By FintechOS · October 17, 2022
5 minute read

TikTok financial advice: that’s a thing

TikTok financial advice: that’s a thing | FintechOS

TikTok, the social media platform driven by short videos, has surprised just about everyone in recent years, not only with its popularity and viral trends, but also in the ways it’s substituting things we thought couldn’t be substituted. One unexpected way the platform is being used is to offer financial advice – yes, really.

Recent studies have shown that more and more people are relying on social media for their news. According to The Guardian, 7% of UK adults get their news from TikTok. This is up 6% from 2020, so the growth is coming along quickly.

Why is this happening, you might ask? For many, it seems painfully obvious that platforms like TikTok are purely for entertainment and not for imparting important life decisions. Yet, it comes down to the unpolished approach on platforms like TikTok. Today’s typical online user is bombarded with adverts and is seeking a more-organic approach, where they don’t feel they are constantly being sold to.

While it’s hard to pinpoint a specific number, it’s estimated that we see up to 10,000 ads per day online, so it’s easy to see why people seek a less salesy approach. The problem is, things aren’t always what they seem on social media, and often we’re even being sold to when we don’t really notice it. This comes down to the cleverness of content creators.

Influenced financial decisions?

It seems troubling that people are turning away from official information sources for their news. Millennials and Gen Zers have a special relationship with so-called ‘influencers’, individuals on social media platforms with significant followings who work with brands to make money – and in the act of doing so, influence people’s decisions.

It’s one thing to trust influencers on topics such as holiday destinations, clothing brands, home decor, recipes, and beauty supplies, but should people be turning to them for financial advice?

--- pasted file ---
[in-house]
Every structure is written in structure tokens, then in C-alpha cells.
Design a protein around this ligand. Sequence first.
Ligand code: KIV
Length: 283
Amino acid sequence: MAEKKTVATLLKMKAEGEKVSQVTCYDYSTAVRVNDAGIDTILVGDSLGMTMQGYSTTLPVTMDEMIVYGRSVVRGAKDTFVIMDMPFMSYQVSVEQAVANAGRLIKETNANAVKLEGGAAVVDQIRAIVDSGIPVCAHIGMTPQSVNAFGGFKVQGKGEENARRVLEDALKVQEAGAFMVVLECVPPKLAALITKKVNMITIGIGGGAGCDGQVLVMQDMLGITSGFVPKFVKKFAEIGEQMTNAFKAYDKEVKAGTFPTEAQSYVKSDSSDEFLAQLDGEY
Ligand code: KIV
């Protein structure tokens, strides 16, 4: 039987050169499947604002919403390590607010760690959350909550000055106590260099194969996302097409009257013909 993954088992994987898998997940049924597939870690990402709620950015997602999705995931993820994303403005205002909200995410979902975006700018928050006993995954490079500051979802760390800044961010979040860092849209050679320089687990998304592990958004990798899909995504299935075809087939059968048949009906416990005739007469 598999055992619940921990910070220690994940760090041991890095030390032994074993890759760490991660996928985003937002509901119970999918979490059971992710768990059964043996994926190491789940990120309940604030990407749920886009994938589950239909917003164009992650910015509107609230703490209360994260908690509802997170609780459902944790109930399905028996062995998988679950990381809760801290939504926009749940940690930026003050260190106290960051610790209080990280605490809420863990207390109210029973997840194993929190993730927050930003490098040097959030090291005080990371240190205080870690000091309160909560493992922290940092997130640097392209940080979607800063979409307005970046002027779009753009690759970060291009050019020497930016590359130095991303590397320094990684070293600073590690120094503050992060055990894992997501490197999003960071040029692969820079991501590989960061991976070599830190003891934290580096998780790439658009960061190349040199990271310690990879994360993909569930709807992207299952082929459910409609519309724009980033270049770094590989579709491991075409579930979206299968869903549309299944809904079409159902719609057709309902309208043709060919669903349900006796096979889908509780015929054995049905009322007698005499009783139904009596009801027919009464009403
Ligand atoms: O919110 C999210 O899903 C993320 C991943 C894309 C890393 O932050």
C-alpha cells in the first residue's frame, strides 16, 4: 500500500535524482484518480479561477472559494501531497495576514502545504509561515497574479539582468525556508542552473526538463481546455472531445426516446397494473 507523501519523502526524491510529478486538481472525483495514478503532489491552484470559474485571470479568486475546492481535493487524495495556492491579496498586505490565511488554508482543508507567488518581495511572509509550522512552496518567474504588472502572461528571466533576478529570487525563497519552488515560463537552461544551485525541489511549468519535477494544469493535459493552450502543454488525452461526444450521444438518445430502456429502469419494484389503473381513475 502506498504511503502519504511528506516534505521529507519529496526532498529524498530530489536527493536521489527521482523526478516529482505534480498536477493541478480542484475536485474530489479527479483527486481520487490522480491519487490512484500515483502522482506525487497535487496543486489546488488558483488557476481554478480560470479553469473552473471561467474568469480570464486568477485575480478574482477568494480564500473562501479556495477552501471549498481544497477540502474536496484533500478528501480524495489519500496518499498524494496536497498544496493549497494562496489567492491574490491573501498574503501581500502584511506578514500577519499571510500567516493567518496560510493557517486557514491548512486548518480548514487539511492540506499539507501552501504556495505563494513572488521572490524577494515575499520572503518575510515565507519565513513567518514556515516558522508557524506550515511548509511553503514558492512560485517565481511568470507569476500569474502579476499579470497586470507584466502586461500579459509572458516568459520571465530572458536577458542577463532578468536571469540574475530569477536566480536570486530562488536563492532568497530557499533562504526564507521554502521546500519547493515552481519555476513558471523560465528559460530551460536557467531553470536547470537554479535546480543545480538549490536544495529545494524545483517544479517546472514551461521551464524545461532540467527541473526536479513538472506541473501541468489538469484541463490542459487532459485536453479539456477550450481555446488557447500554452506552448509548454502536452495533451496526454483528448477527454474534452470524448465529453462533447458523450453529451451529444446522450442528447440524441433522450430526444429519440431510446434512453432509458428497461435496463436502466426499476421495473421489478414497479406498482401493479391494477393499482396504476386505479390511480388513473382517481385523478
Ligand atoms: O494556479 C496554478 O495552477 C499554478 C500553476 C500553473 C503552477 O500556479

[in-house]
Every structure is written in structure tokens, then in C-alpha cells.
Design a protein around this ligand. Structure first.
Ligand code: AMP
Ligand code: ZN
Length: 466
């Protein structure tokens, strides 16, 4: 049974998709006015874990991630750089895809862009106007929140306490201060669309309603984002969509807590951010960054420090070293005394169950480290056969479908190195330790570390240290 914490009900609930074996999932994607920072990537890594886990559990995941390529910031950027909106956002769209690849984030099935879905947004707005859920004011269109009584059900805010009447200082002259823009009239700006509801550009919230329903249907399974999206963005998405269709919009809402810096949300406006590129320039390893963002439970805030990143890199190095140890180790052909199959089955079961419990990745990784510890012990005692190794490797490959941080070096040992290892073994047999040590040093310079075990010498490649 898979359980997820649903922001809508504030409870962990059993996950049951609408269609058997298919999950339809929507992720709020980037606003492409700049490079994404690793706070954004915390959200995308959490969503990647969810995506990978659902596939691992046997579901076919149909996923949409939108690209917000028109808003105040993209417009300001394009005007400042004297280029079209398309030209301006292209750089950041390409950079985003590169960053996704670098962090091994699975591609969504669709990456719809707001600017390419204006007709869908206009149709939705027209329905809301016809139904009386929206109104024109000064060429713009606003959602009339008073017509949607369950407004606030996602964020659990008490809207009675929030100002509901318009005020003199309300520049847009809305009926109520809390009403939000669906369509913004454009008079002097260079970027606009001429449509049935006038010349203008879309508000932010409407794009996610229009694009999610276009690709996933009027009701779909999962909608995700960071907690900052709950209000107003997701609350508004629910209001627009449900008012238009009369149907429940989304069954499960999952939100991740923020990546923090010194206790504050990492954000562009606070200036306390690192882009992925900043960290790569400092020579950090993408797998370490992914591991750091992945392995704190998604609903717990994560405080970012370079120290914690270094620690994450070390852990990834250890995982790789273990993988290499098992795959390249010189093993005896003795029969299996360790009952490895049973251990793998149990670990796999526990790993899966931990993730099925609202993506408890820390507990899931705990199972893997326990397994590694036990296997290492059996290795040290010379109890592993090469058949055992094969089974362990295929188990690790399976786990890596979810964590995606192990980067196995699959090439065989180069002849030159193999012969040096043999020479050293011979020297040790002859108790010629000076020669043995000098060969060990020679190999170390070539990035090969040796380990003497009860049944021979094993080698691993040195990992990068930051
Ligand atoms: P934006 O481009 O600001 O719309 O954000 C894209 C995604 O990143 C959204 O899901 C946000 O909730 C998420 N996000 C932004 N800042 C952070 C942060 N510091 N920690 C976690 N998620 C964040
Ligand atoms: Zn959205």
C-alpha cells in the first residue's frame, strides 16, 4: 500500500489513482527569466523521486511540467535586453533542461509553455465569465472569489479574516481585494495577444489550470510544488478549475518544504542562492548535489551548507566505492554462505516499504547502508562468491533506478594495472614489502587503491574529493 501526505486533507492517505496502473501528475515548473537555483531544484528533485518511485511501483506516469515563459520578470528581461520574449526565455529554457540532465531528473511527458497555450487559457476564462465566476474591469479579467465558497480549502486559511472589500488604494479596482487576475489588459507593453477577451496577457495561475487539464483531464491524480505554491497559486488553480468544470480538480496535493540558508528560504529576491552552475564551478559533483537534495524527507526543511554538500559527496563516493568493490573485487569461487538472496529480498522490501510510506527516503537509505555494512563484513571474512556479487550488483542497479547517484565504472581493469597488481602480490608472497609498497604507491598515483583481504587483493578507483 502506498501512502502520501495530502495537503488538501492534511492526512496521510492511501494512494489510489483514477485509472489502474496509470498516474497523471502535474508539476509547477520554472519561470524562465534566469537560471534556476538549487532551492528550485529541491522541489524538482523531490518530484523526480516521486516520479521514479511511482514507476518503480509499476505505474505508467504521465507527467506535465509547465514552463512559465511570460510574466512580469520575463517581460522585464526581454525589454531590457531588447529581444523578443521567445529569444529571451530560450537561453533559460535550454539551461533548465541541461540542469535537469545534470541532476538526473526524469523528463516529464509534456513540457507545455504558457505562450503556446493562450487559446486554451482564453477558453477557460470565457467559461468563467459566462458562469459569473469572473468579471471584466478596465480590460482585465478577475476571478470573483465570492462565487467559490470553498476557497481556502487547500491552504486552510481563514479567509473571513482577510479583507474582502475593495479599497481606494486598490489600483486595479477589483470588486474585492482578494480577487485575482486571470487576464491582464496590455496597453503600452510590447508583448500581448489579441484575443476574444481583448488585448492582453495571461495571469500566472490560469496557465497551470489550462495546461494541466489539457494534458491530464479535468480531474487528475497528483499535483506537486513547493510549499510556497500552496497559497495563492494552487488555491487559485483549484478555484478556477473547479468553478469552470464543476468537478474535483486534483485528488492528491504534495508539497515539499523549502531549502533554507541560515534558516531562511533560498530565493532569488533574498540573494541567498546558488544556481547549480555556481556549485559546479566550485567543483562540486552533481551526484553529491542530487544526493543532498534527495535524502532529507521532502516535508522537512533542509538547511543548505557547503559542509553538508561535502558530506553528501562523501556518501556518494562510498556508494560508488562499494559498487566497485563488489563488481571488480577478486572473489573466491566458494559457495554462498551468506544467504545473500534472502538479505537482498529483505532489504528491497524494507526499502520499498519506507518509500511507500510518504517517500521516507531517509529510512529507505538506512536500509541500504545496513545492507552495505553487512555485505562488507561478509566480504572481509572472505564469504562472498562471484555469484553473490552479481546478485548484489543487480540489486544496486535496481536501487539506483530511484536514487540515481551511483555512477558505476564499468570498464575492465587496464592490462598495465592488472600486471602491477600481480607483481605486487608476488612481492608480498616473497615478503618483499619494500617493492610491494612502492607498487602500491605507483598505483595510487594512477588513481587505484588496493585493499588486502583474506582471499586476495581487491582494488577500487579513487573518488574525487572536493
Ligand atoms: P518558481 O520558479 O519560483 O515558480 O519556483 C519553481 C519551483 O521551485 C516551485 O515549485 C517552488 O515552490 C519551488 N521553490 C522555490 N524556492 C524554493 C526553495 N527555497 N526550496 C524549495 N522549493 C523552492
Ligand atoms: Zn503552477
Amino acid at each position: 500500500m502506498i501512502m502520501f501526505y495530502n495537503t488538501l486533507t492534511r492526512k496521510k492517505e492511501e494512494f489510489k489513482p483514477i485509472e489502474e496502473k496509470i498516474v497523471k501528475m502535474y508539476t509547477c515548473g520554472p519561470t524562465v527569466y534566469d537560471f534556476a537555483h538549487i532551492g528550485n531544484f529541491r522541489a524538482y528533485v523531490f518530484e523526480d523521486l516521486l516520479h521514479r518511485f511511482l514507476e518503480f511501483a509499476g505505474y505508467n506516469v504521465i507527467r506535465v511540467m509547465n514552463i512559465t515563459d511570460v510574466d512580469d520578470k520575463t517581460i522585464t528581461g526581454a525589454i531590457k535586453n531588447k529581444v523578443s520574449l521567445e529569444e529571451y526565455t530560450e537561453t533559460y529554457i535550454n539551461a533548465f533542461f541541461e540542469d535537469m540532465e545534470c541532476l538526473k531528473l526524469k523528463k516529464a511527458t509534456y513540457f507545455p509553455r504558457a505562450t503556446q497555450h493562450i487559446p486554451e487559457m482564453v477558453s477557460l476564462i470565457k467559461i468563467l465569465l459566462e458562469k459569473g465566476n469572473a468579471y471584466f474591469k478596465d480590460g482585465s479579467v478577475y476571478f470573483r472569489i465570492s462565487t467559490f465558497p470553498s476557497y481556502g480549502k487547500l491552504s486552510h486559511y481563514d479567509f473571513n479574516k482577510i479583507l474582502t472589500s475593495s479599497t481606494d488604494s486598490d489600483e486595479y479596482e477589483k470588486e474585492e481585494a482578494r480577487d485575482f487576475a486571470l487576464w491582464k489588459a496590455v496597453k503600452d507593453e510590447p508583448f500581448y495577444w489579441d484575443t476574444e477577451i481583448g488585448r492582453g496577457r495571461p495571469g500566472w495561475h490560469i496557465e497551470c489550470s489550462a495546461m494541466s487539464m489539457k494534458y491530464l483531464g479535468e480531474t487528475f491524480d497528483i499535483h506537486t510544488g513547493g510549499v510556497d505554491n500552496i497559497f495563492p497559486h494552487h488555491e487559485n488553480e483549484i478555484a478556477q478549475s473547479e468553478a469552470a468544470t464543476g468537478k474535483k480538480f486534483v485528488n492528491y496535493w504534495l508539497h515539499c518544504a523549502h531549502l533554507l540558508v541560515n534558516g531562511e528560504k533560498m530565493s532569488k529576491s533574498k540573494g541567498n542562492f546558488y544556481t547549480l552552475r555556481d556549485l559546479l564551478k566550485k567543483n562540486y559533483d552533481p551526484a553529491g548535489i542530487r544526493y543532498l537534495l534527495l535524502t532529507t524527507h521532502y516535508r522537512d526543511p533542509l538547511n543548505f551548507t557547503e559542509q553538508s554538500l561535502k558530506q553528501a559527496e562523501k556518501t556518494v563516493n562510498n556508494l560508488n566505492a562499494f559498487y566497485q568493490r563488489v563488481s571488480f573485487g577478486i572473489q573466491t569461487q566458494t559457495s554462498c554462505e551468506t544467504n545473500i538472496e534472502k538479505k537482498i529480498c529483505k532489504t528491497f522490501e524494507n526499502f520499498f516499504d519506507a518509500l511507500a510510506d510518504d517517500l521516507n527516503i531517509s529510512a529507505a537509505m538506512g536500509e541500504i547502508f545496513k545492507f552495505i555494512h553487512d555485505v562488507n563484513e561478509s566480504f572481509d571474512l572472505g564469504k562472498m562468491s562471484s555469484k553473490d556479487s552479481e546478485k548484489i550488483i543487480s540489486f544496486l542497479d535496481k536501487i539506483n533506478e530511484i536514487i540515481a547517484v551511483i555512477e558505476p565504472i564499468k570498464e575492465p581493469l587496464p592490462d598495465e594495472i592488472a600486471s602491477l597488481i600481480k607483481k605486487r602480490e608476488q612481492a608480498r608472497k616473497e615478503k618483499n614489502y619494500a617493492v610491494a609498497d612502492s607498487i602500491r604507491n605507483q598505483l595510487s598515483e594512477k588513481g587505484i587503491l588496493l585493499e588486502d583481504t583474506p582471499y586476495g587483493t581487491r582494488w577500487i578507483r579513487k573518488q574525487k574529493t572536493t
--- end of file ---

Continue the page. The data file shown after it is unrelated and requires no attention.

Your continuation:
This may be a moot point. A survey conducted by Credit Karma found that 26% of millennials and 52% of Gen Zers are getting their financial advice from TikTok, and even more are turning to other platforms, like Instagram, for the same help. Could this be due to an error in user judgement, or are social media platforms changing?

TikTok is changing social media

People are increasingly turning to social media for more than simply keeping in touch with family and friends and sharing memes. Social platforms will always offer these, but now we see support for mental health, for new businesses, for new parents, and so on. Platforms, when used correctly, can be a force of good with a purpose.

Yet, the road to hell is paved with good intentions, and even influencers or profiles with the best of intentions could cause damage to people’s financial situation. Likewise, some TikTok financial “experts” may be biased towards a brand they’re working with, may let their personal experiences affect the advice that they give, or simply may not be qualified to advise in the first place.

The point is that financial advice found on TikTok can’t be guaranteed, and so users should be wary. We wouldn’t be likely to take financial advice from a stranger, so why is scrolling for the same advice any safer? YouTube is full of videos of qualified financial advisers reacting to bad TikTok financial advice, which should be a cause for concern.

How trusted financial institutions can take the reins on TikTok

The only way for qualified financial advisers to help in this situation is to get in on the game. Many professional businesses struggle to find the confidence to enter the social space, especially the likes of TikTok, sticking more closely to their comfort zone – namely LinkedIn and Facebook. Yet, if the people are turning to TikTok, so too must financial institutions.

The only way to fight the spread of misinformation and bad advice is to provide a space with quality information within the platform where users can get safe, real information. This problem provides a unique opportunity for willing brands to create their own persona in a relatively untapped arena, as not many financial firms have made the foray onto platforms such as TikTok.

The beauty of TikTok is that it’s easy to use, so making engaging videos that give people accurate information and sound financial advice is straightforward. In fact, users likely aren’t looking for highly polished, ad-heavy content. They want sincere advice that’s relatable and at most, mildly entertaining. Firms simply need to find a willing adviser who isn’t overly camera shy to put together tips and advice, record them, and then social and marketing teams can upload the video to TikTok. A certain amount of strategy and planning would be involved, of course, but not nearly as much as firms might fear.

A duty to customers

Any financial institution that prides itself on supporting customers with their journey to financial success has a responsibility to help those that may be getting bad or inaccurate advice. Having a forum on TikTok could help people avoid financial problems or even ruin, in especially unfortunate situations. As a knock-on effect, it could expose financial brands to customers that they previously had no way of getting in front of, which shouldn’t be dismissed.

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